Chapter 2: Evil Campaigns
As with the player's booklet, the advice on evil campaigns is helpful for ensuring a party that slays well with each other regardless of alignment. I like that in addition to suggesting having a patron keep them in line, it points out that they are still playing a cooperative game. There is also the notion of a common enemy and positive connections like love and friendship, which evil people can still have.
The section on evil adventuring gives you some ideas for running evil adventures--like ambushing a caravan or performing an evil ritual--in addition to a sidebar on running a reverse dungeon (which was an actual D&D product an edition or two ago). A section on campaign themes gives you some ideas of the bigger picture, such as the tried and true deicide and/or destroying the world, and there are even a couple campaign arc examples in case you needed some more to work with.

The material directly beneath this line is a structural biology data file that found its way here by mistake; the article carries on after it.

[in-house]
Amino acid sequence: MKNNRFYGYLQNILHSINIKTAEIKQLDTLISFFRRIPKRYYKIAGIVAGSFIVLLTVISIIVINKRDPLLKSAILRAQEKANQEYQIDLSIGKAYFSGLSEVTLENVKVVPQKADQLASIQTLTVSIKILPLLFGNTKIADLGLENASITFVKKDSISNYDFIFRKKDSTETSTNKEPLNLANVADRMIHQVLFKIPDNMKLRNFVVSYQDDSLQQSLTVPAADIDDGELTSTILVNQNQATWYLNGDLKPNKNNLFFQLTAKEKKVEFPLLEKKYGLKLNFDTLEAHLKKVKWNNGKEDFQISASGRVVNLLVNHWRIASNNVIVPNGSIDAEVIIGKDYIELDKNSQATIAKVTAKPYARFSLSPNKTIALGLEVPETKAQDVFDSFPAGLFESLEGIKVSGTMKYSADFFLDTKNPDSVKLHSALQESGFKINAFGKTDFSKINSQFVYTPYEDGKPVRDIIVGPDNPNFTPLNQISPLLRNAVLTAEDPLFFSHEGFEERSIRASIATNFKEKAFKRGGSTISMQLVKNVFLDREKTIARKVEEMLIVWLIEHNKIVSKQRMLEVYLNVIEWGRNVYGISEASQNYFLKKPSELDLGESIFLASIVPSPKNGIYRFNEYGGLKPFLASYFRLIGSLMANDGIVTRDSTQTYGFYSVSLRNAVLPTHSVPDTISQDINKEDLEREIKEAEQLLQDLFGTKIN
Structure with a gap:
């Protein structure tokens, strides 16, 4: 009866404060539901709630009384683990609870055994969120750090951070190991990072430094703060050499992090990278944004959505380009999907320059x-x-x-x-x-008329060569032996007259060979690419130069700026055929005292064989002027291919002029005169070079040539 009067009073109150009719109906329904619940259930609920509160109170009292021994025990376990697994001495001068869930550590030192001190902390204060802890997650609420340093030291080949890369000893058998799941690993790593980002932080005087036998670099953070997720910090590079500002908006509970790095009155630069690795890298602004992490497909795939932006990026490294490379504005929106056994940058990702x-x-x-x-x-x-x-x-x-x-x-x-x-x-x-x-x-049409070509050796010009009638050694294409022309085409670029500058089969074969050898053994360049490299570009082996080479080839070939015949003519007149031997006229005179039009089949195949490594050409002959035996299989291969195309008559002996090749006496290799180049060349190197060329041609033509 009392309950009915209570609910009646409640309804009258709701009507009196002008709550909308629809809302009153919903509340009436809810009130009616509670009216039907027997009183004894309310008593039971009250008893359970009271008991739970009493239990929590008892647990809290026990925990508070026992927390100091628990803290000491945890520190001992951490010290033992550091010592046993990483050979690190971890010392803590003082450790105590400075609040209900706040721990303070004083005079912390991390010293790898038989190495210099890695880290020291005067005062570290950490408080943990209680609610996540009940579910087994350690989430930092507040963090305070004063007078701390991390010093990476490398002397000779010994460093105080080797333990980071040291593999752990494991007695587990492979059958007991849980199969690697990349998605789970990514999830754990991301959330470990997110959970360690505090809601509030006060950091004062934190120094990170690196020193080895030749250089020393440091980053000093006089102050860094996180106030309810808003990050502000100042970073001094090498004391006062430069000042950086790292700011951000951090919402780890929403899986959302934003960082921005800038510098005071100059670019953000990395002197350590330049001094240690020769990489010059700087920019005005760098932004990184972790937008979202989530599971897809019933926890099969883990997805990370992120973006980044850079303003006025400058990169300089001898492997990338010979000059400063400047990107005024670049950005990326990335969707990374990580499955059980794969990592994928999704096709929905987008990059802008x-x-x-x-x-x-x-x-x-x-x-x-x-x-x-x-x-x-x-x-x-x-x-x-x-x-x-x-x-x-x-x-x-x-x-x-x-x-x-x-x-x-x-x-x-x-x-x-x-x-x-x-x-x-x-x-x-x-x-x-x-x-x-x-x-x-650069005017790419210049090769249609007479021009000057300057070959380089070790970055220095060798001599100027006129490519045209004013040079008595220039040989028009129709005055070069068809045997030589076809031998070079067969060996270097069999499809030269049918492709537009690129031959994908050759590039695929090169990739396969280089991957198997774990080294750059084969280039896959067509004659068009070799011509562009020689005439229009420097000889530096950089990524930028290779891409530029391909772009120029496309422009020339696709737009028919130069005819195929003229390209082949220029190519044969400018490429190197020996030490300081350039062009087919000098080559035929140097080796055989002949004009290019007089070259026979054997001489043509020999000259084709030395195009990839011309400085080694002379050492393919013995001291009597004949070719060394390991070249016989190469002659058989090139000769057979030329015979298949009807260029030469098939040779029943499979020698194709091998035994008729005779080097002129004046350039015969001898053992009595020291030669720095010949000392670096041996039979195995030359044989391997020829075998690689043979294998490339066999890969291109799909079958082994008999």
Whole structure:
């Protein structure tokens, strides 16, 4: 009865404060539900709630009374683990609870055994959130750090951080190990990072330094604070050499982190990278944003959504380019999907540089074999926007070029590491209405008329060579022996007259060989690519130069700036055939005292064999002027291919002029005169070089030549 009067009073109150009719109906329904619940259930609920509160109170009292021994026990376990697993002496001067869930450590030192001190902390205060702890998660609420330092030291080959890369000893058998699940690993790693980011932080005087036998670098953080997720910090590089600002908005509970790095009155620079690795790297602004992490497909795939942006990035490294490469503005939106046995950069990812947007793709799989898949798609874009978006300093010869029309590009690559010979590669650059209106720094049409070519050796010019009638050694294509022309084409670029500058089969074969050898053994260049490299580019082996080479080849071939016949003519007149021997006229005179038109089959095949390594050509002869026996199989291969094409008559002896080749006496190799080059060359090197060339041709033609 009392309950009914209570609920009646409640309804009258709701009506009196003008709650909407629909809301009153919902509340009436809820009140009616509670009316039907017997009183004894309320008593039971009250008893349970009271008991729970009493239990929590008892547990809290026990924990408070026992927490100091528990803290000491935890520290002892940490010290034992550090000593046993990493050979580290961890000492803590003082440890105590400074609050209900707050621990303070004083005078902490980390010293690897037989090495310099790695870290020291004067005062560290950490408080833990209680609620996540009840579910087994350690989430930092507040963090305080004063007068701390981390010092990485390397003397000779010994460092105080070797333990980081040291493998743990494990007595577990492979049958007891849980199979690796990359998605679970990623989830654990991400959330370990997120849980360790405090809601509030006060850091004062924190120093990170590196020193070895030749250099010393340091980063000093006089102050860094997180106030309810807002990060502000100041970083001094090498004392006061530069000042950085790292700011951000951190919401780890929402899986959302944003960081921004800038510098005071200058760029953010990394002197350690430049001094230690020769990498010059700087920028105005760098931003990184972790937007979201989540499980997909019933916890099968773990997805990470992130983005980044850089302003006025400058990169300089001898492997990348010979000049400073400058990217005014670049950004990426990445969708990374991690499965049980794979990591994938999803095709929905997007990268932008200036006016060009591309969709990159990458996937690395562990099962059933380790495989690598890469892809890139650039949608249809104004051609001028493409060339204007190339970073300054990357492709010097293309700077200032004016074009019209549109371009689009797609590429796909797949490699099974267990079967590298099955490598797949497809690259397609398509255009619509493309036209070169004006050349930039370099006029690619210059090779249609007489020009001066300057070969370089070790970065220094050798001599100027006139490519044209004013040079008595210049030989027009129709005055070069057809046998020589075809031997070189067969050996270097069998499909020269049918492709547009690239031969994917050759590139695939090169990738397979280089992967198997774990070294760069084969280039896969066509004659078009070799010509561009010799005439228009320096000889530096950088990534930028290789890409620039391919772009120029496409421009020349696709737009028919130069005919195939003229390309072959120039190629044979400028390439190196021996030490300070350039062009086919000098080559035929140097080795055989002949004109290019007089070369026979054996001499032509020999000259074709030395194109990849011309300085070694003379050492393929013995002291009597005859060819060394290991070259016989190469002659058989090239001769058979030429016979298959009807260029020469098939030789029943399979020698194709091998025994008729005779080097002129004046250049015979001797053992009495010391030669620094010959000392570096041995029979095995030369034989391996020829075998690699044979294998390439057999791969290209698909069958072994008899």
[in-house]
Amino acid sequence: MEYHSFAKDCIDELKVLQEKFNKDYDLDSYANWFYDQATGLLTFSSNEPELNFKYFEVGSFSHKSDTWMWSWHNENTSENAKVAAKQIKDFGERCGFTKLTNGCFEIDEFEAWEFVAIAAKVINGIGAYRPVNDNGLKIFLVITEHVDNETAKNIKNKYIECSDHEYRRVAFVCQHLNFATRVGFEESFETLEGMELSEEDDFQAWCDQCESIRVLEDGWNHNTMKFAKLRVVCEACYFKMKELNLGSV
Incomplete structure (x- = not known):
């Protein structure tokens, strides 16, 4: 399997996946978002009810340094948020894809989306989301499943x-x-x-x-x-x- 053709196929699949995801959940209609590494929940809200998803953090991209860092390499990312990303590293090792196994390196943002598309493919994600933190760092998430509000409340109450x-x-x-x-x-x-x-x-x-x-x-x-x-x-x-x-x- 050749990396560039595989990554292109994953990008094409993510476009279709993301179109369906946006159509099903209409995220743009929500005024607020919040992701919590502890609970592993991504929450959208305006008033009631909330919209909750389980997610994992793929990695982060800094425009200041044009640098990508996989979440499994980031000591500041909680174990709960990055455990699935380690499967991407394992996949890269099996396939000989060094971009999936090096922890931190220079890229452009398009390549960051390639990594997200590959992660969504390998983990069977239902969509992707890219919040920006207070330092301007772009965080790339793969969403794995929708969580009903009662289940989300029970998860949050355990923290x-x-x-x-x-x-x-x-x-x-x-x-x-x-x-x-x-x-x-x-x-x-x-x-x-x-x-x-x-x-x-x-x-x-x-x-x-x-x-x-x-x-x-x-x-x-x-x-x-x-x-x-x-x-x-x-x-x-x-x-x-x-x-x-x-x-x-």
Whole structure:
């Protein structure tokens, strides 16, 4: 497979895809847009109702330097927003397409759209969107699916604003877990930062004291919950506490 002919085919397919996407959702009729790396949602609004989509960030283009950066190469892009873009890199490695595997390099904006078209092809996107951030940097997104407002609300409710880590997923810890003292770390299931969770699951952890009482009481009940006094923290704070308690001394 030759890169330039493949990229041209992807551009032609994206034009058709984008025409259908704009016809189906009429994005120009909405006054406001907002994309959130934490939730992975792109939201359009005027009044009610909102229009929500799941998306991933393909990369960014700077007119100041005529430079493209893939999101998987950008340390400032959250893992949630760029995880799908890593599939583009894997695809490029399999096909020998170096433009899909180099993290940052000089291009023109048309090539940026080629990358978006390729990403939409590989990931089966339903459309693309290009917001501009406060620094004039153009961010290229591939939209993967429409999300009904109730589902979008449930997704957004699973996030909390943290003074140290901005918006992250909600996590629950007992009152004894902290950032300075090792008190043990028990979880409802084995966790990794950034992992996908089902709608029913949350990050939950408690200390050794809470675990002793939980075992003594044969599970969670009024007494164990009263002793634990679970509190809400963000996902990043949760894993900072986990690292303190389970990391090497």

Chapter 3: Vile Encounters
This chapter opens up with guidelines on making encounters more, well...vile. The main factors that stood out to me were to ensure that there were consequences extending beyond the encounter (such as a demon going on a rampage if they failed to stop it) and using a combination of the new terrain features, traps, and curses. I guess some of the other stuff could work to, like making sure that the players know where the undead minions came from (slaughtered village), or get to see sacrifices being executed to power a fell ritual.